The debate continues as to whether 3D exhibition is still building steam or is leveling off as measured by per-screen takes and such.
Studios used the Comic-Con get-together to try and drum up interest in their upcoming home video releases, an effort to staunch the bleeding that’s been going on in that category in terms of consumer spending.
CinemaNow is launching a new service that puts a movie – including the necessary video player software – on a USB drive.
Jimminy Christopher…RedBox is being called by someone the home video equivalent of the cheap second run theaters that – and I’m not sure the person quoted is aware of this – used to be all over the place but now are being squeezed out by shrinking home video windows. It’s a distribution point but lets not go nuts over this.
Paramount is plowing ahead with a terrible, terrible idea, that of staggering home video releases. Beginning in September with their Dance Flick release, the movie will be available for sale on Blu-ray but the standard DVD will only be available for rental. The Blu-ray is a packed special edition but the DVD just has the movie. The DVD will go on sale eight weeks later but it’s not clear if it will be the bare-bones edition or have bonus features. I remain convinced that offering DVDs with just the movie – and at a reduced price point – is the key to wringing a bit more money out of the format since that’s all people are getting when they buy a digital download and that’s a category that’s growing.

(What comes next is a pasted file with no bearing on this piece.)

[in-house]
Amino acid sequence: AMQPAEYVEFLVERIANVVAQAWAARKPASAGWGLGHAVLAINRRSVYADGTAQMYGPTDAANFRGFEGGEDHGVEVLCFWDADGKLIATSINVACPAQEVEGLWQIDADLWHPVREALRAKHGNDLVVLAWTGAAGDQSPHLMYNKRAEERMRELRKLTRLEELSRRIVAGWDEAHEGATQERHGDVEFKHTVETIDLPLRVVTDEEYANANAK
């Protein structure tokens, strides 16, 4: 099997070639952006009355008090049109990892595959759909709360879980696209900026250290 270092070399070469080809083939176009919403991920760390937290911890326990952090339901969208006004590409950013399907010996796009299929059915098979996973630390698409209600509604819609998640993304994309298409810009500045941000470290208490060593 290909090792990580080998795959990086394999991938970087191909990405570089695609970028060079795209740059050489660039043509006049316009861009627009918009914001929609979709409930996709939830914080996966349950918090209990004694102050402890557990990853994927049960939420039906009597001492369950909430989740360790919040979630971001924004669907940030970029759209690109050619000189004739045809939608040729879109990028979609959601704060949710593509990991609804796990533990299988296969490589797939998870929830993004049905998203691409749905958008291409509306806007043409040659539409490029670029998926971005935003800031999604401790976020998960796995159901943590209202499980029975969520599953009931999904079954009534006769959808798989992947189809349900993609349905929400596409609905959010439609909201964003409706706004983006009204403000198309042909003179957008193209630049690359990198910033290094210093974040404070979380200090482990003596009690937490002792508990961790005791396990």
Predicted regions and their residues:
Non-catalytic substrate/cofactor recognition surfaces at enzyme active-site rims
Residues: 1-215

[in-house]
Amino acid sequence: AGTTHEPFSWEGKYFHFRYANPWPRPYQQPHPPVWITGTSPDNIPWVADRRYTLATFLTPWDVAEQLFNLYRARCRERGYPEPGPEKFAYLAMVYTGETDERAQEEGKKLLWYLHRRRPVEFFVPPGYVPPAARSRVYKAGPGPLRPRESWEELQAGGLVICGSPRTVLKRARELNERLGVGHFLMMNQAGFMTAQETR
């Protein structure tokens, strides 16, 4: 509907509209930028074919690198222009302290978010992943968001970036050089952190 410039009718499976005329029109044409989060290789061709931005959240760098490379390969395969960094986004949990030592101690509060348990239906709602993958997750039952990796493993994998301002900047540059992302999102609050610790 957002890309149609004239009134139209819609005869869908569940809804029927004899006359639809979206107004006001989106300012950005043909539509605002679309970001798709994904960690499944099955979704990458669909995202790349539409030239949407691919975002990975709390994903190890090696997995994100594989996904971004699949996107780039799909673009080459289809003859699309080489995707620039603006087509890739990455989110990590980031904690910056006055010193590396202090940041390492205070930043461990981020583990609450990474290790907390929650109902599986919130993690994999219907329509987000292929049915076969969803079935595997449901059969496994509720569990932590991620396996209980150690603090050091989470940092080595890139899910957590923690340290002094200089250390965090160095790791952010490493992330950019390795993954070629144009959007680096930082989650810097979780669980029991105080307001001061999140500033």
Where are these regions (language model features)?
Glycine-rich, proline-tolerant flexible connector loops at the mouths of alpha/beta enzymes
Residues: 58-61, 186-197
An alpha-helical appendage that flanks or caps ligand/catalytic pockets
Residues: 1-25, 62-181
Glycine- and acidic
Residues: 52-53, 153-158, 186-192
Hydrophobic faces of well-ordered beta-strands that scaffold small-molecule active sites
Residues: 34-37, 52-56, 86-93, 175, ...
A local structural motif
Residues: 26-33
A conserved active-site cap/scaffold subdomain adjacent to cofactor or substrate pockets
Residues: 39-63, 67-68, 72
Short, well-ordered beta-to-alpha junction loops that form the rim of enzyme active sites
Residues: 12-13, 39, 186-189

Seems some movies that are available through Starz Play are being blocked from the XBox Live Dashboard, though it remains to be seen if this is intentional or just a technical SNAFU.
Epix, the new movie channel from Viacom, MGM and Lionsgate, has its first distributor agreement but it’s not on cable TV, it’s on the Verizon FiOS subscriber network. There’s talk of tiers being offered in terms of how much of the programming can be accessed based on what package people have and it may eventually be expanded to Verizon’s V Cast mobile service.
A handful of movies managed by Cinetic Rights Management are now available on Netflix’s “Watch Instantly” service, including the very funny Melvin Goes to Dinner.
According to Pew’s recent study of online behavior, 35 percent of internet users have watched a movie or TV show online in the last year, over twice as many as had reported doing so (16 percent) in 2007.